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J Gen Intern Med. 2019 Jun 25. doi: 10.1007/s11606-019-05124-1. [Epub ahead of print]

Education Indicators for Internal Medicine Point-of-Care Ultrasound: a Consensus Report from the Canadian Internal Medicine Ultrasound (CIMUS) Group.

Author information

1
Division of General Internal Medicine, Department of Medicine, University of Calgary, Calgary, AB, Canada.
2
Department of Critical Care, Dalhousie University, Halifax, NS, Canada.
3
Internal Medicine and Critical Care Medicine Division, Department of Medicine, Université de Sherbrooke, Sherbrooke, QC, Canada.
4
Interdepartmental Division of Critical Care Medicine, Department of Medicine, University of Toronto, Toronto, ON, Canada.
5
Division of Cardiology, Department of Medicine, Dalhousie University, Halifax, NS, Canada.
6
Department of Cardiovascular Medicine, Mayo Clinic, Rochester, MN, USA.
7
Department of Critical Care Medicine, University of Alberta, Edmonton, AB, Canada.
8
Division of General Internal Medicine, Department of Medicine, Queen's University, Kingston, ON, Canada.
9
Division of General Internal Medicine, Department of Medicine, University of Calgary, Calgary, AB, Canada. ima@ucalgary.ca.

Abstract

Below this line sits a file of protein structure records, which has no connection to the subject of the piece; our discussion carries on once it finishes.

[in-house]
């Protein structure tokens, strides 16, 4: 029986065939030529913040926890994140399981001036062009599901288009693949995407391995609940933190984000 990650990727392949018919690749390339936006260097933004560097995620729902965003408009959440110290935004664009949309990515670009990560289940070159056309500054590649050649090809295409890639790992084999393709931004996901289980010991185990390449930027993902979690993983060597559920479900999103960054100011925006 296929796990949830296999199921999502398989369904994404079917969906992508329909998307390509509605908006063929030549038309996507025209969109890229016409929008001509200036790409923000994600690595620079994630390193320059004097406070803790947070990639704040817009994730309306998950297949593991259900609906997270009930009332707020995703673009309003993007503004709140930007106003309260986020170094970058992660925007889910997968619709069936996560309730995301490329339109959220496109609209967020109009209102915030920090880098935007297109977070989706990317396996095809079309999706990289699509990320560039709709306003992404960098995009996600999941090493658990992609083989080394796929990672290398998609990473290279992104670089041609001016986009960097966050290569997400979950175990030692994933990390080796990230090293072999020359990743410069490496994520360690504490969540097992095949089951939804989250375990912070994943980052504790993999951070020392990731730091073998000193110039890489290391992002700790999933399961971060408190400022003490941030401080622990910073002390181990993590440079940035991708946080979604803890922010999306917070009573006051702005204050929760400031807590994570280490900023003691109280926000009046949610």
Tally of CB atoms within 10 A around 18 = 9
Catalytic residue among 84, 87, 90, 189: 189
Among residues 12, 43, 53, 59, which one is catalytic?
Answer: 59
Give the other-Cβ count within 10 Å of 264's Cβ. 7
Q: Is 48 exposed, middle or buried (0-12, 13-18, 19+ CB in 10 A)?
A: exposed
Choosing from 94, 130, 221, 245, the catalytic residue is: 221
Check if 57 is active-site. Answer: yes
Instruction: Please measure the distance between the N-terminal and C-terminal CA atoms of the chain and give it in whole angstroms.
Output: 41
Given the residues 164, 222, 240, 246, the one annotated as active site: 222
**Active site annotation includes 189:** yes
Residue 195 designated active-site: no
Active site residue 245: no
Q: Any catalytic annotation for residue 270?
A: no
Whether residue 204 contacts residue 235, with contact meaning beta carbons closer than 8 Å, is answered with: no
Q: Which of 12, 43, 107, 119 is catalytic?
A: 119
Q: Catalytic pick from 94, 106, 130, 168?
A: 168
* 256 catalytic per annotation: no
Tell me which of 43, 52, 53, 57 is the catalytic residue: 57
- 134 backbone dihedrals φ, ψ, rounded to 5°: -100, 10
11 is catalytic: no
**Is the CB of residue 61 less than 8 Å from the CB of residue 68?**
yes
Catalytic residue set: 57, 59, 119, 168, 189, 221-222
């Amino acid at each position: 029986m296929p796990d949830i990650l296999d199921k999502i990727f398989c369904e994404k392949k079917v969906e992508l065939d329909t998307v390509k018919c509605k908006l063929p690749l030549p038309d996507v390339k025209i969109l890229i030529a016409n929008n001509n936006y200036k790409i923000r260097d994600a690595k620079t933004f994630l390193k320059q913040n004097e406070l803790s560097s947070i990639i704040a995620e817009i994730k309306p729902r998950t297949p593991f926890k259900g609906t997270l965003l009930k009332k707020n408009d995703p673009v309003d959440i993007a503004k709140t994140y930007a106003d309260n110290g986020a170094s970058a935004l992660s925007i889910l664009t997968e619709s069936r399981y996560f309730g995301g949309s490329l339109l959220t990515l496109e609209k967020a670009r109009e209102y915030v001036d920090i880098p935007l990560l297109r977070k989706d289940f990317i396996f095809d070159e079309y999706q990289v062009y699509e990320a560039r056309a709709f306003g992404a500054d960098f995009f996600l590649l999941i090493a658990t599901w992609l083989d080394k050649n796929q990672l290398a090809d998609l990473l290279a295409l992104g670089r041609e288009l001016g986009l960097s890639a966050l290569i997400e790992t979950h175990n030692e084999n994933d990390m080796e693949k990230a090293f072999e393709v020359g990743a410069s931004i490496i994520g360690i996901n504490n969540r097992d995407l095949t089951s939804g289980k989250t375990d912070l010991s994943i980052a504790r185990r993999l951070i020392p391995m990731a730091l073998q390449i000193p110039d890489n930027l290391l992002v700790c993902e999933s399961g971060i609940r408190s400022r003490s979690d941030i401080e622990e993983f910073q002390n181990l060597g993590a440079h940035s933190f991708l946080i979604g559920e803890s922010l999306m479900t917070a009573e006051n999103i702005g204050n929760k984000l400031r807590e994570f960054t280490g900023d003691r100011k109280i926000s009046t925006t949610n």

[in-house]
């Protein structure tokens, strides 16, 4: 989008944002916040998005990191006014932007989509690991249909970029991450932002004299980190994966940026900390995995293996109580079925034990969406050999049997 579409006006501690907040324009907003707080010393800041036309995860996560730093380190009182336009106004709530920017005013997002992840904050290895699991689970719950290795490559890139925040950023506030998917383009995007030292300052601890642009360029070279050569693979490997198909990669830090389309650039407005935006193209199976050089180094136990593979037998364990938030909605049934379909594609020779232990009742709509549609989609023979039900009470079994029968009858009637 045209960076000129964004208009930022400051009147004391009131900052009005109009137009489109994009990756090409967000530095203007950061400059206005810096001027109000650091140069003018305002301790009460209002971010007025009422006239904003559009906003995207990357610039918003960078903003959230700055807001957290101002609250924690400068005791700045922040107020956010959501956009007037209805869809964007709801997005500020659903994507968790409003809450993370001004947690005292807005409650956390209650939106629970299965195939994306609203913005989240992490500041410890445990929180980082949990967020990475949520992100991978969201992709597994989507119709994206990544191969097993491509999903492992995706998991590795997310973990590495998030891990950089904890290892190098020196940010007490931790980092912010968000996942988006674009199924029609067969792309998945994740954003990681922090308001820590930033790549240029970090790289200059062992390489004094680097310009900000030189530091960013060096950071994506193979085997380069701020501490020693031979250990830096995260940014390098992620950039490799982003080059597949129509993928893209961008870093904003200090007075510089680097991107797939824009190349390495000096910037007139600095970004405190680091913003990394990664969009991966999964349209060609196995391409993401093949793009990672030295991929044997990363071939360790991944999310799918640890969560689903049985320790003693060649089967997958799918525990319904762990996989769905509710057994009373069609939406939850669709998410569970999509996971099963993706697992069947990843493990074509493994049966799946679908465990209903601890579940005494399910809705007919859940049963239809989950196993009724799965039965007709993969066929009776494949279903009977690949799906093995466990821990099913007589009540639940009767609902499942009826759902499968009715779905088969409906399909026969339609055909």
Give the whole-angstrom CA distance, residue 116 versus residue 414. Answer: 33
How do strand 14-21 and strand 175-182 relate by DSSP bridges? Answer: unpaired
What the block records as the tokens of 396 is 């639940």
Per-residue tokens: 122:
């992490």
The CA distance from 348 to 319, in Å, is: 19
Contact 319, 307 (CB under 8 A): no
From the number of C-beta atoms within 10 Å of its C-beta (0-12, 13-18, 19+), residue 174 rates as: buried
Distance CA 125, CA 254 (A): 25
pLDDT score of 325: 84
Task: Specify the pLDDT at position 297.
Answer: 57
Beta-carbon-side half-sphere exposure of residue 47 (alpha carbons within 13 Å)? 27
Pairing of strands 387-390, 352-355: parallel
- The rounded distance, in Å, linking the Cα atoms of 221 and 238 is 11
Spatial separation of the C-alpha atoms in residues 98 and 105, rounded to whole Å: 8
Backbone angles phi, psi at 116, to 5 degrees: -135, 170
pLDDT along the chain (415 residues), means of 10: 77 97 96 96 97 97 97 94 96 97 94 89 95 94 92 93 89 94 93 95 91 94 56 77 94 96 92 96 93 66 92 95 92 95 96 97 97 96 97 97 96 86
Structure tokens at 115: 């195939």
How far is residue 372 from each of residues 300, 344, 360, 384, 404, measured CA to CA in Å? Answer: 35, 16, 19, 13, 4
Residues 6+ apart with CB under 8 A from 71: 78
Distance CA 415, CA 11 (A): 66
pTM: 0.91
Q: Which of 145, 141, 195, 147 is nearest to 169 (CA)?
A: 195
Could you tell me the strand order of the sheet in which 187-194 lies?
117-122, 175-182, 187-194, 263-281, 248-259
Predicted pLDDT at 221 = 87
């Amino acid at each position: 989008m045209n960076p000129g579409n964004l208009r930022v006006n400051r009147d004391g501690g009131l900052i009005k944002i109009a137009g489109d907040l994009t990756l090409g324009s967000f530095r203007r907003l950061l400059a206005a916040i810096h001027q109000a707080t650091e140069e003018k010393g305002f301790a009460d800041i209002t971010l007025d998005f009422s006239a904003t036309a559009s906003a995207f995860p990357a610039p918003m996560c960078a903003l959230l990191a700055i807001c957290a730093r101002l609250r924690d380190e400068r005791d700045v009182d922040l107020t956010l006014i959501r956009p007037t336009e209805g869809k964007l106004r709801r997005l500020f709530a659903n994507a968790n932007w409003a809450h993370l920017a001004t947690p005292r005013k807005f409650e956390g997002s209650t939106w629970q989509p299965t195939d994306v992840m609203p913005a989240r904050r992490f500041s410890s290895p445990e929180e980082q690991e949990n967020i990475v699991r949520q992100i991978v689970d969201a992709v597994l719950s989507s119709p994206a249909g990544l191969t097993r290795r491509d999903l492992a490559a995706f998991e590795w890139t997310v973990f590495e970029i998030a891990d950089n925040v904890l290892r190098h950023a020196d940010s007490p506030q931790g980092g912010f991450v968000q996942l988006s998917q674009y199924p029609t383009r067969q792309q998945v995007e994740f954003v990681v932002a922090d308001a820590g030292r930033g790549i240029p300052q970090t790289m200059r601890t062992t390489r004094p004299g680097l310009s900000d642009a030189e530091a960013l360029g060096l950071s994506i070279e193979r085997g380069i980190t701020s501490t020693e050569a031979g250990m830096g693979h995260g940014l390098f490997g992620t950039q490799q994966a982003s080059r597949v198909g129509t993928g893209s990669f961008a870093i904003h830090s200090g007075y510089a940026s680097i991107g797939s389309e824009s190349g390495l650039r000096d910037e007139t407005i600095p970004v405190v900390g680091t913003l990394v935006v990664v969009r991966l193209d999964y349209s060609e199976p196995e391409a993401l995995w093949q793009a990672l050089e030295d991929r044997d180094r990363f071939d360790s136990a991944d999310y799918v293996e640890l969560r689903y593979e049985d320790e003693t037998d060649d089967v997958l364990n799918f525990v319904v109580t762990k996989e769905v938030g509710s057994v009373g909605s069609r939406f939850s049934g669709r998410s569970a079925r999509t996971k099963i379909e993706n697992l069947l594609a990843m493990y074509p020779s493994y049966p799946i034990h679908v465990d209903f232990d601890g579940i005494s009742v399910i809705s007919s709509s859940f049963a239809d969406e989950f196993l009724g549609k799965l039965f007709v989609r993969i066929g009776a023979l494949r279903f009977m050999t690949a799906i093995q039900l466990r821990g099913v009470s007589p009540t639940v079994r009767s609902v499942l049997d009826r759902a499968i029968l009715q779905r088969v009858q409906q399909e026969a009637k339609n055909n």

BACKGROUND:

Curriculum development and implementation for internal medicine point-of-care ultrasound (IM POCUS) continues to be a challenge for many residency training programs. Education indicators may provide a useful framework to support curriculum development and implementation efforts across programs in order to achieve a consistent high-quality educational experience.

OBJECTIVE:

This study seeks to establish consensus-based recommendations for education indicators for IM POCUS training programs in Canada.

DESIGN:

This consensus study uses a modified nominal group technique for voting in the initial round, followed by two additional rounds of online voting, with consensus defined as agreement by at least 80% of the participants.

PARTICIPANTS:

Participants were 22 leaders with POCUS and/or education expertise from 13 Canadian internal medicine residency programs across 7 provinces.

MAIN MEASURES:

Education indicators considered were those that related to aspects of the POCUS educational system, could be presented by a single statistical measure, were readily understood, could be reliably measured to provide a benchmark for measuring change, and represented a policy issue. We excluded a priori indicators with low feasibility, are impractical, or assess learner reactions. Candidate indicators were drafted by two academic internists with post-graduate training in POCUS and medical education. These indicators were reviewed by two internists with training in quality improvement prior to presentation to the expert participants.

KEY RESULTS:

Of the 52 candidate education indicators considered, 6 reached consensus in the first round, 12 in the second, and 4 in the third round. Only 5 indicators reached consensus to be excluded; the remaining indicators did not reach consensus.

CONCLUSIONS:

The Canadian Internal Medicine Ultrasound (CIMUS) group recommends 22 education indicators be used to guide and monitor internal medicine POCUS curriculum development efforts in Canada.

KEYWORDS:

curriculum/program evaluation; internal medicine; post-graduate medical education; quality assessment; ultrasound

PMID:
31240603
DOI:
10.1007/s11606-019-05124-1

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